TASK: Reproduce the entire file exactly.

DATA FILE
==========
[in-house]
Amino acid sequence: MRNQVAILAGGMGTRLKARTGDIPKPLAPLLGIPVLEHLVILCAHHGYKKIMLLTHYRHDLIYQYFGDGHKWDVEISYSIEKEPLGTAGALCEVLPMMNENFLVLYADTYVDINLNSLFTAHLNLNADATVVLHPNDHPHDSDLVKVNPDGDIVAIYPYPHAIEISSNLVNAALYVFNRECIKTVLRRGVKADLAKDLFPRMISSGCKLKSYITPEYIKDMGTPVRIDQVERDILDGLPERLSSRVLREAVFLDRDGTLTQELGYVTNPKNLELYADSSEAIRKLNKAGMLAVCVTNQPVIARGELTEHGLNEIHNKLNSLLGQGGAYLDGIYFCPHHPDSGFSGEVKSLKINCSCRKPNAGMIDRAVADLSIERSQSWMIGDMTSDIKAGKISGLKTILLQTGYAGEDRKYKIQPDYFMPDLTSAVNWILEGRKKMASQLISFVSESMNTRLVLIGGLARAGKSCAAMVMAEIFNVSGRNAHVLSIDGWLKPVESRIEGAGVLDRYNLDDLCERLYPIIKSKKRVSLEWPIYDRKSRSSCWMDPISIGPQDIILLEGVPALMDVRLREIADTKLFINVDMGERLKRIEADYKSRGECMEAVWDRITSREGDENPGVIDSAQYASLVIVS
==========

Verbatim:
[in-house]
Amino acid sequence: MRNQVAILAGGMGTRLKARTGDIPKPLAPLLGIPVLEHLVILCAHHGYKKIMLLTHYRHDLIYQYFGDGHKWDVEISYSIEKEPLGTAGALCEVLPMMNENFLVLYADTYVDINLNSLFTAHLNLNADATVVLHPNDHPHDSDLVKVNPDGDIVAIYPYPHAIEISSNLVNAALYVFNRECIKTVLRRGVKADLAKDLFPRMISSGCKLKSYITPEYIKDMGTPVRIDQVERDILDGLPERLSSRVLREAVFLDRDGTLTQELGYVTNPKNLELYADSSEAIRKLNKAGMLAVCVTNQPVIARGELTEHGLNEIHNKLNSLLGQGGAYLDGIYFCPHHPDSGFSGEVKSLKINCSCRKPNAGMIDRAVADLSIERSQSWMIGDMTSDIKAGKISGLKTILLQTGYAGEDRKYKIQPDYFMPDLTSAVNWILEGRKKMASQLISFVSESMNTRLVLIGGLARAGKSCAAMVMAEIFNVSGRNAHVLSIDGWLKPVESRIEGAGVLDRYNLDDLCERLYPIIKSKKRVSLEWPIYDRKSRSSCWMDPISIGPQDIILLEGVPALMDVRLREIADTKLFINVDMGERLKRIEADYKSRGECMEAVWDRITSREGDENPGVIDSAQYASLVIVS